What’s been going on?
The start of the season but what does that mean anymore? There used to be one date that our entire spring schedule and life revolved around. For nearly 20 years the Carrboro Saturday market opened the second to last week of March and our focus was on having things to sell by then. It coincidentally was the same week as the equinox and the first week of astronomical spring, a nice farmer like punctuation mark. Now with the year round Saturday market, the changing climate, and the earlier and earlier daylight savings time (it is still barely light at 7:00, again!) our internal clocks are way off kilter.
The year round market has all of us farmers trying to figure out how it fits into our particular farms crops and marketing mix. Because of our members ingenuity, stubbornness and changing technologies the winter market is much more robust than any of us could have anticipated just a few years ago. But for us old dogs, it is harder to adapt. In our 31st year farming and the 27th at market we remember when the Saturday market didn’t even open until the first or second week of April and even then there was not much on the tables of the vendors.
Betsy and I are continually testing the waters and as many of you know we have been at market almost every week this winter. Partly because of new crops (Ginger and Jerusalem artichokes) and timing of crops (Anemones since Christmas) that we needed to sell, partly because of the extremely warm winter but partly because we are trying to adjust our schedules to the changing climate. Are we going to become year round vendors? No, but we are moving some production earlier and later in the season in an attempt to avoid the brutal heat of summer. We still want our winters off but they might be shorter than they used to be. Old dogs, new tricks.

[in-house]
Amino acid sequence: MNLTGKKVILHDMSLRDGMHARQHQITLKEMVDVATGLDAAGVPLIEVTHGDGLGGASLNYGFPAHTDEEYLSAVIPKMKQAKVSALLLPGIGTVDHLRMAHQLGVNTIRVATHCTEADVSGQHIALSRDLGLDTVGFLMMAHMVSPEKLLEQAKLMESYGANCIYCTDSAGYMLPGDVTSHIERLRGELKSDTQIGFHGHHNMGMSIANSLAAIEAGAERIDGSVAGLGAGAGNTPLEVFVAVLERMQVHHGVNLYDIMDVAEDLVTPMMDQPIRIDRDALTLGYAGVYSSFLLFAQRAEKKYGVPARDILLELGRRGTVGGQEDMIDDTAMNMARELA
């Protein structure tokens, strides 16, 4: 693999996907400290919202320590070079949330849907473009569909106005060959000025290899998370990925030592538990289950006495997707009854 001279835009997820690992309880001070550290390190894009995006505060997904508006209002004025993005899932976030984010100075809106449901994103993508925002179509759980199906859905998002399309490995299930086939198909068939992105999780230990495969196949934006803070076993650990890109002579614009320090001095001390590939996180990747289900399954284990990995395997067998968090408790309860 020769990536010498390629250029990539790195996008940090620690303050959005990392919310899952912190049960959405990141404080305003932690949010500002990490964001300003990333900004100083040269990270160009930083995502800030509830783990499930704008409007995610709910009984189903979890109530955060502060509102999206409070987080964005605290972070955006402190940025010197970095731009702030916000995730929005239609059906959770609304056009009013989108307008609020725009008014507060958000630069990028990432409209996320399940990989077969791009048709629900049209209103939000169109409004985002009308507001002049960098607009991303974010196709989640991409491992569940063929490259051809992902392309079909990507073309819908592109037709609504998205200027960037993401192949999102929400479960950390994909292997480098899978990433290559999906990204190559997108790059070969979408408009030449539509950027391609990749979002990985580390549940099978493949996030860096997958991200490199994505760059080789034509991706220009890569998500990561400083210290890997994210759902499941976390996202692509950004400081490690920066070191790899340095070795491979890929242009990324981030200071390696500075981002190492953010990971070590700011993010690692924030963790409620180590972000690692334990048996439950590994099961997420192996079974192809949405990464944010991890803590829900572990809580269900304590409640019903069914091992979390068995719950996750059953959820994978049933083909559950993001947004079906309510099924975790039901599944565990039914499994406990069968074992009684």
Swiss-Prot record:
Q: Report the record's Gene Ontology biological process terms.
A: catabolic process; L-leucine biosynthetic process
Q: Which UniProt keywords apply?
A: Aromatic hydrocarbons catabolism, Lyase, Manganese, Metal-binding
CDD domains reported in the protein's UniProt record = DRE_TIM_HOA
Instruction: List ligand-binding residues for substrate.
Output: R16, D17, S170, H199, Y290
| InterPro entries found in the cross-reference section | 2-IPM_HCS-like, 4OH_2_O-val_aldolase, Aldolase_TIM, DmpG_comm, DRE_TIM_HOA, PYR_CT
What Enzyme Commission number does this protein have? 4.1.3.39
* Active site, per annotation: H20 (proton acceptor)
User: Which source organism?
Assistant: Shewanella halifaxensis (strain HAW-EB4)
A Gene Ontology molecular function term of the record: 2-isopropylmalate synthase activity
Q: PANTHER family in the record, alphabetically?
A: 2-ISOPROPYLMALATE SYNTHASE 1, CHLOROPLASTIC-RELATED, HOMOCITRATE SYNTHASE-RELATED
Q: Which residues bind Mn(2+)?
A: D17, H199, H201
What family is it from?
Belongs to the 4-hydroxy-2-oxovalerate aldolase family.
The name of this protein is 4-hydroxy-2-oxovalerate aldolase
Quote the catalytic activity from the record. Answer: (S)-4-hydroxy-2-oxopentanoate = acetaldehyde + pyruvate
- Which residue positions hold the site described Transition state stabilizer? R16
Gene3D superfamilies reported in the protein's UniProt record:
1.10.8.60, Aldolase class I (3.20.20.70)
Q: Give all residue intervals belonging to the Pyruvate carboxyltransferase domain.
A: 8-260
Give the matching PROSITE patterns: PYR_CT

For those of you we have not caught up with at market we did have a great winter season. Lots of travel and teaching including Betsy to Italy for further study of the language and Alex with two trips west to go hiking (Utah and Texas). Conferences and teaching events in Louisiana, Virginia, Tennessee, Arkansas and Georgia, whew! It is all over now and the staff started yesterday with Jennie back for her second year and Liz in her first, a great beginning for a new season even it we don’t really know when that is anymore.
A coldframe full of plants waiting to go into the field
What’s going to be at the market?
Not much! One of the effects of the warm winter is that everyone’s overwintered crops are playing out early and so there will be a longer than usual gap before the spring planted crops really begin in early April.
We will have some of the last of the beautiful Collards and Lacinato Kale. Some over wintered Beets too. Betsy will have more of the amazing Anemones that have been producing for months now. Early Asiatic Lilies and Pussy Willows too! Of course plenty of sparkling conversation.
As a reminder if there is anything that you would like for us to hold for you at market just let us know by e-mail, by the evening before, and we will be glad to put it aside for you.
Alex and Betsy